Irish football legend John Giles has admitted that he may not have had a football career but for a Derry man.
Giles, who played for both Manchester United and Leeds United during a glittering career in which he won domestic and European honours, pays tribute to Jimmy Sheils in his autobiography, ‘A Football Man.’
The Dubliner became firm friends with Sheils while they were young players at Manchester United in the late 1950s - the era of the famous ‘Busby Babes’, many of whom lost their lives in the Munich air crash of February 1958.
According to Giles, the Derry man, who played at full back, helped him feel a “sense of belonging” at Old Trafford.
The former Irish international player/manager recalls: “Jimmy was much more outgoing than I was. With his reddish hair and Northern Irish accent, he seemed to have a stronger personality all round.
“And, clearly, I was open to his influence at a very formative time because I learned a lot from being around him. I guess this sort of thing happens during your teenage years. When your pal is much better at getting on with people than you are, and you see how well it works, you just want to be more like him.”
Giles - now a respected football analyst on RTE Television - adds: “Just from being in Jimmy’s company, seeing how people warmed to him, I started to become less shy and introverted, and more confident in my relationships with the rest of the players at United... It took Jimmy Sheils, with his charisma, to really bring me out of myself at United.”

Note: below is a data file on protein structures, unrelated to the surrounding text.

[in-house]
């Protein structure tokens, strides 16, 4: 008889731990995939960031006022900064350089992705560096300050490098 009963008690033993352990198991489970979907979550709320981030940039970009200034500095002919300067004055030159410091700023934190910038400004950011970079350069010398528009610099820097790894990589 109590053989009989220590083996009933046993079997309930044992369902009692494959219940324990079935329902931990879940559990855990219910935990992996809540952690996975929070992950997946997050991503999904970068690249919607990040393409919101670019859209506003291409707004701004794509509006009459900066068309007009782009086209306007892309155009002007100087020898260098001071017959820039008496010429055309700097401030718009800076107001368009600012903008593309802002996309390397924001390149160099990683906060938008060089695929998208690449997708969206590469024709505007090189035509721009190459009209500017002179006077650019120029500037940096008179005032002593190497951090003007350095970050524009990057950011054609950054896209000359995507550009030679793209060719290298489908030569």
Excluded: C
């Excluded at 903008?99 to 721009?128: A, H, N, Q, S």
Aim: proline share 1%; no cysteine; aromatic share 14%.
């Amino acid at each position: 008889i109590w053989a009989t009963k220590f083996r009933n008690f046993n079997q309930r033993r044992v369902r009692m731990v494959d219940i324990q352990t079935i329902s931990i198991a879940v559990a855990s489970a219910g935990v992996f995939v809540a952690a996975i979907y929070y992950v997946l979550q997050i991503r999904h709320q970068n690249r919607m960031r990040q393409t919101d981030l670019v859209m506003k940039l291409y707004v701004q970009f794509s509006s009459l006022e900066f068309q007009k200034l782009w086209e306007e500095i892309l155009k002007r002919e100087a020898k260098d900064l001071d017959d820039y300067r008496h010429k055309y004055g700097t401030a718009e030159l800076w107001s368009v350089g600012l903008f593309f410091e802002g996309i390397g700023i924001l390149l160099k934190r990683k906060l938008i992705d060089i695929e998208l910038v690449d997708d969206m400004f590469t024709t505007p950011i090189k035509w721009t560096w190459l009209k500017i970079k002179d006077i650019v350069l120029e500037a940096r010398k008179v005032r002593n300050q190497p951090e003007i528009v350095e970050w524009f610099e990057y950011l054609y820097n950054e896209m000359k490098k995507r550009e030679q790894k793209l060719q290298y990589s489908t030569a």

Giles says he can’t over-emphasise the influence the Derry man had on him - “wisecracking with the likes of Duncan Edwards, Tommy Taylor and Roger Byrne [who all died in Munich] without making any enemies.
“He had arrived the same year as me  but was three years older, so he would have been with the first team first-team squad for pre-season training. He was able to have a laugh with these guys that I had found so intimidating.” Jimmy Sheils’ world, says Giles, was a “place I wanted to be, and needed to be.”
However, for the Derry man, bad luck was just around the corner.
Giles recalls: “As footballers, we know that our world can end in an instant. In a training match, Jimmy was running back towards the keeper Gordon Clayton, who dived over the ball and caught Jimmy’s knee, giving him a cartilage problem that wasn’t diagnosed properly, and that wasted a year. When that happened, you were a cert for a free transfer and Jimmy duly went off to Southend for a year.
“By the early 1960s, Jimmy was out of the game but starting to do very well in the fast food business. We are still friends, and it is a sick joke between us that he curses the name of Gordon Clayton to this day.
“Jimmy might have had a football career if it wasn’t for Gordon. I mightn’t have a football career if it wasn’t for Jimmy.”
John Giles, of course, went on to forge a spectacular career - winning the FA Cup in 1963 with United before being transferred to Leeds United where he secured myriad honours.
England’s World Cup winning manager, Sir Alf Ramsey, said of Giles’ influence as a player on English football: “As I look at all the talent and character at my disposal today, my one regret is that John Giles wasn’t born an Englishman.”
Matt Busby later realised his error in allowing Giles to depart for Leeds.
“Selling him to Leeds, not seeing his potential as a midfield player, was my greatest mistake in football,” he said.
For Giles’ on field abilities, his former boss at Leeds, Brian Clough, said: “Giles could grab hold of a match, tuck it in his back pocket and carry it around with him. He didn’t need to find space, it was as if space found him.”